Nucleation, Growth, and Aggregation of Mineral Phases: Mechanisms and Kinetic Controls

  • Liane G. Benning
  • Glenn A. Waychunas

The formation of any phase, whether natural or synthetic (Fig. 7.1), is usually a disequilibrium process that follows a series of steps until a thermodynamically stable state (equilibrium) is achieved. The first step in the process of creating a new solid phase from a supersaturated solution (either aqueous or solid) is called nucleation. A particle formed by the event of nucleation usually has a poorly ordered and often highly hydrated structure. This particle is metastable with respect to ordering into a well-defined phase, which can accompany growth of the particle. This process of initiation of a new phase is defined as a first order transition and can follow various pathways involving a host of mechanisms. One of these pathways occurs when individual nuclei coalesce into larger clusters, a process defined as aggregation, which itself can follow a series of different pathways. The new phase is thermodynamically defined when the growing nucleus or aggregate has distinct properties relative to its host matrix; for example, a well-defined crystal structure, composition and/or density. These processes depend on a plethora of chemical and physical parameters that control and strongly affect the formation of new nuclei, the growth of a new crystal, or the aggregation behavior of clusters, and it is these issues that will be the focus of this chapter. We will discuss the mechanisms and rates of each process as well as the methods of quantification or modeling from the point of view of existing theoretical understanding. Each step will be illustrated with natural examples or laboratory experimental quantifications. Complementary to the information in this chapter, a detailed analysis of the mechanisms and processes that govern dissolution of a phase are discussed in detail in Chap. 5 and more detailed information about molecular modeling approaches are outlined in Chap. 2.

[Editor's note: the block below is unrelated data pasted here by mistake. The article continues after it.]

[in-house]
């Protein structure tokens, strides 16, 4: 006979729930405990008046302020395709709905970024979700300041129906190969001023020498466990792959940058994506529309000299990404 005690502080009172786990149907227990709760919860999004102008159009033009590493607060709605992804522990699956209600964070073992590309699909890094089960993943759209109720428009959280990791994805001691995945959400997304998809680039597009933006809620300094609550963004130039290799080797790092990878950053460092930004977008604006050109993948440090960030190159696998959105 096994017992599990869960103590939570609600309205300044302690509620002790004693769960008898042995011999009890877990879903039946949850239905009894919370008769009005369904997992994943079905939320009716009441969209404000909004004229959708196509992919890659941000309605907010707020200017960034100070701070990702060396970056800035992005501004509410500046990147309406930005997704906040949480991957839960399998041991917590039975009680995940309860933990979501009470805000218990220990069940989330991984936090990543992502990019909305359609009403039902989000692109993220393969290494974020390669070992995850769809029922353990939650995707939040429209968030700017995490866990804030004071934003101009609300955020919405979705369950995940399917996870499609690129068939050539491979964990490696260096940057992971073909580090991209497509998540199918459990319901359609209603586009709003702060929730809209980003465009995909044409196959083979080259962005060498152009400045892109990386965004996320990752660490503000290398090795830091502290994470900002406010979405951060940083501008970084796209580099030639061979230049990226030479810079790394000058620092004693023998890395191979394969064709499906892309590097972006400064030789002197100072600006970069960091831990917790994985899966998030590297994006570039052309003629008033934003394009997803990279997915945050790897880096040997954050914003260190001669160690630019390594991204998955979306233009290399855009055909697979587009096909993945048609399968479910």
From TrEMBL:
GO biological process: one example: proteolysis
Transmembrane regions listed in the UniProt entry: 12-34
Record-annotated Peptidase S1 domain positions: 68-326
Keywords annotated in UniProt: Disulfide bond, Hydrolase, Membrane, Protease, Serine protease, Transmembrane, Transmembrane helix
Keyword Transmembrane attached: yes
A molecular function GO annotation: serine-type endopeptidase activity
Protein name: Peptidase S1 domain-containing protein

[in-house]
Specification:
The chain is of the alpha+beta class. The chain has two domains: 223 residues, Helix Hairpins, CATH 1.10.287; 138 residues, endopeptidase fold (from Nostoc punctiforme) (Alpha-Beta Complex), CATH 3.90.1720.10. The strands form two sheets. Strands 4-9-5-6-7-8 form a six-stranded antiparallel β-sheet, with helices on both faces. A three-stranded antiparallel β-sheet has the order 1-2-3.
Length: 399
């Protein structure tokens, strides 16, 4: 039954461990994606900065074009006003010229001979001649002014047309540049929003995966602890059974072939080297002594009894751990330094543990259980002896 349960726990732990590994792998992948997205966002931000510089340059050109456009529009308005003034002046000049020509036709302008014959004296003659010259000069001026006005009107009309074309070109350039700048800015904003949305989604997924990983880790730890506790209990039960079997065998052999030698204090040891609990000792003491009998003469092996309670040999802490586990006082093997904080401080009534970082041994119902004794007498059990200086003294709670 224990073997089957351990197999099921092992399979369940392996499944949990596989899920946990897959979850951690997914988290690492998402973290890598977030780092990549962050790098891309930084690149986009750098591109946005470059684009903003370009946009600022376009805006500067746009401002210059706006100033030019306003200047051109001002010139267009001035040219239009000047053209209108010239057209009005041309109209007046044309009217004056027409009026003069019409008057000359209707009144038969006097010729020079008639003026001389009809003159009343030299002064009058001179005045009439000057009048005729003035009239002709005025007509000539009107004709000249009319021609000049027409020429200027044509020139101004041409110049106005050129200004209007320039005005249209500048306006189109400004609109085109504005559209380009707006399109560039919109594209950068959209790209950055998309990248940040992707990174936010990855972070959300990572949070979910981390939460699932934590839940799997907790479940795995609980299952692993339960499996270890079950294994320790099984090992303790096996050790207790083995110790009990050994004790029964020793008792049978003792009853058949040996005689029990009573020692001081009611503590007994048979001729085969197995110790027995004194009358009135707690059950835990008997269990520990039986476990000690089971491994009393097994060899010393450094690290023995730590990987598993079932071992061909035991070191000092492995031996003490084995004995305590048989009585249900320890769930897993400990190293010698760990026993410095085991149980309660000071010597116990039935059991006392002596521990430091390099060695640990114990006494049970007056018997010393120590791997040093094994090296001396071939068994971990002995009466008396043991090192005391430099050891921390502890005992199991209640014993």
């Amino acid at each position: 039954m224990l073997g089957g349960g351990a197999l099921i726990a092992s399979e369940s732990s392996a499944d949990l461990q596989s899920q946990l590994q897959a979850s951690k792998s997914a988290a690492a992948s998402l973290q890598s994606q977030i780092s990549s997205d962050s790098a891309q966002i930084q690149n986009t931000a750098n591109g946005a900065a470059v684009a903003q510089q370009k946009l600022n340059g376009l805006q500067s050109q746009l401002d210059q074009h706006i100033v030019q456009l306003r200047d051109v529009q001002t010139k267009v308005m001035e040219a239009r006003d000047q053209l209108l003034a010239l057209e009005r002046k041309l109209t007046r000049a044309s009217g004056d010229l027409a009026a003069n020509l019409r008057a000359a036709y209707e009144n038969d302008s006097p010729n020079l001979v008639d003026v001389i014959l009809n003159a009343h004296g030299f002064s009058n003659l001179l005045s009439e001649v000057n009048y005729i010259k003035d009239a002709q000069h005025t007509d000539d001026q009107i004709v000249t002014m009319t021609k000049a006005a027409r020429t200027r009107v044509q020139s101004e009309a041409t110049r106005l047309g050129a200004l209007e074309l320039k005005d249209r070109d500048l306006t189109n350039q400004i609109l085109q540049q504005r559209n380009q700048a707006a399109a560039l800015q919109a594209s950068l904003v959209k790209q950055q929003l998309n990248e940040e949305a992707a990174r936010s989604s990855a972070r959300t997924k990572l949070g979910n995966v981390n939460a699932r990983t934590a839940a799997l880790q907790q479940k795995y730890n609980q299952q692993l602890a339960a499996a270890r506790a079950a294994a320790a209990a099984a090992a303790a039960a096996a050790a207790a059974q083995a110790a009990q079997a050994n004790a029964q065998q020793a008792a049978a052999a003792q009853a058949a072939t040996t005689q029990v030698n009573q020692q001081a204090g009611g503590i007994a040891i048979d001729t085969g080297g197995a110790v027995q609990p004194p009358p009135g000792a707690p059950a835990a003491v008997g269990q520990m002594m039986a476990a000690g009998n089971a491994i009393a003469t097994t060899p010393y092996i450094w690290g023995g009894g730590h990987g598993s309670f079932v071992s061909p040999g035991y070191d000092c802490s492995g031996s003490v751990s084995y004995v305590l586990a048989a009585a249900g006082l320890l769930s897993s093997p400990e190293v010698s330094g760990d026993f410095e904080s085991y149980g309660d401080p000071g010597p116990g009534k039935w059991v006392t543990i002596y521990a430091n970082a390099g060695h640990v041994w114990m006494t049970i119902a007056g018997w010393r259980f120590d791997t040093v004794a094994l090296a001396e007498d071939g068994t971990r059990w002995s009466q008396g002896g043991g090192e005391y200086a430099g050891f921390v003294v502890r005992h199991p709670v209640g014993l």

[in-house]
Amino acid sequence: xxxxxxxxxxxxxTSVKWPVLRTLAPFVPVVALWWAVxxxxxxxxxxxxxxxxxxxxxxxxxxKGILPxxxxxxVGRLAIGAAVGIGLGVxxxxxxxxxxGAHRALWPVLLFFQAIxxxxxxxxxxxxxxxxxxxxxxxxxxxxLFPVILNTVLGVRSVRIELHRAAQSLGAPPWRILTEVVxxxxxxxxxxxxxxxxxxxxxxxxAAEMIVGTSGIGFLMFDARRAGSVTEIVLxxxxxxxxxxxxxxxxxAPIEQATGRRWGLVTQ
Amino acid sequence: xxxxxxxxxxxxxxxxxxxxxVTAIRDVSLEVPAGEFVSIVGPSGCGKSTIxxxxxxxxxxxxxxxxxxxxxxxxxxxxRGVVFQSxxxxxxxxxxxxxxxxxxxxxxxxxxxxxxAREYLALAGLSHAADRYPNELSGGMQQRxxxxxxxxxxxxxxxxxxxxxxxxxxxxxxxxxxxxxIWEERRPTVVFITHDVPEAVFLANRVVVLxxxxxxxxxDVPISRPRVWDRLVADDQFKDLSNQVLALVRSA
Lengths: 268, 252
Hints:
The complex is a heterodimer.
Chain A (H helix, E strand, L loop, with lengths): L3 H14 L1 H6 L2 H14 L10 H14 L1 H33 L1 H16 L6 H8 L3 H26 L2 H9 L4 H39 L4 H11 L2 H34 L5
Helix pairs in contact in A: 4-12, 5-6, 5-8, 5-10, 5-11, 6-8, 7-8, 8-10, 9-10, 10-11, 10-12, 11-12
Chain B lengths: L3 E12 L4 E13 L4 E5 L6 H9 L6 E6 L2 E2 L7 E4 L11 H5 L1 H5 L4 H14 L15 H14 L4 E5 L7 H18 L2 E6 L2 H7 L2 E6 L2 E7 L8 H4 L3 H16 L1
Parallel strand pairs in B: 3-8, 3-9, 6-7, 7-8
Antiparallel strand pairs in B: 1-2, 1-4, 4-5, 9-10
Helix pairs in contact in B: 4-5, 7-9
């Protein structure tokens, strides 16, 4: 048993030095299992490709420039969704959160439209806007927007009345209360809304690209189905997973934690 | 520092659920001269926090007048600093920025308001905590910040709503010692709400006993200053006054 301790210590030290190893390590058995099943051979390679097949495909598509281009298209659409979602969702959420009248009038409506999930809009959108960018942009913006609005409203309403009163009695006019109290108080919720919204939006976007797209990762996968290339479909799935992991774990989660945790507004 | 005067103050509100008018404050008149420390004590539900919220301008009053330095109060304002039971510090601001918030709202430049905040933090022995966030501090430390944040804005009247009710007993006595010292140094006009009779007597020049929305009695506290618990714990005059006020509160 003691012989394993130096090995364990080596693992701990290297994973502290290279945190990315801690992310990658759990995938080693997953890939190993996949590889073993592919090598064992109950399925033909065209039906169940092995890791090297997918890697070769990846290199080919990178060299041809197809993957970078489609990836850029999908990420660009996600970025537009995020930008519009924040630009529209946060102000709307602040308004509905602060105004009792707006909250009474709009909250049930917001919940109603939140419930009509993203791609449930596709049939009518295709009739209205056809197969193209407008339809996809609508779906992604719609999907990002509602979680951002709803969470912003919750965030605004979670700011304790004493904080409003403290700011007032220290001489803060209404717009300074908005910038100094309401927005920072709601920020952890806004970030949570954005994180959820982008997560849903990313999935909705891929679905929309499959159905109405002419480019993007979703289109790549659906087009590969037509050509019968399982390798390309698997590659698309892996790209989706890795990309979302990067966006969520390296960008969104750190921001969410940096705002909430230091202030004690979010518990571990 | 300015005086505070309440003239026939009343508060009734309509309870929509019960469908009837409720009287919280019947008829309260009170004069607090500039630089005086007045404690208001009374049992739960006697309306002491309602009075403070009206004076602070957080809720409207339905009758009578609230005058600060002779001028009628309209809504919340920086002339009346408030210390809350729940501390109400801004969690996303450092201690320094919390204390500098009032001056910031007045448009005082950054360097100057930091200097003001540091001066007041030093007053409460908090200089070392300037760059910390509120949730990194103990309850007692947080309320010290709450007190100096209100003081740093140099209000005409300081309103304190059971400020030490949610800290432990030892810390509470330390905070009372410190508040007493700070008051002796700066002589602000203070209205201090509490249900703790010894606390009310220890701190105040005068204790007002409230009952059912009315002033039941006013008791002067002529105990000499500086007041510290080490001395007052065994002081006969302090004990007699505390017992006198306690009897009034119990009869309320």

Free Energy Nucleation Rate Heterogeneous Nucleation Screw Dislocation Pair Correlation Function 
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Copyright information

© Springer Science+Business Media, LLC 2008

Authors and Affiliations

  • Liane G. Benning
    • 1
  • Glenn A. Waychunas
    • 2
  1. 1.Earth and Biosphere Institute, School of Earth and EnvironmentUniversity of LeedsUK
  2. 2.Molecular Geochemistry and Nanogeoscience Group, Geochemistry Department, Earth Sciences DivisionLawrence Berkeley National LaboratoryUSA

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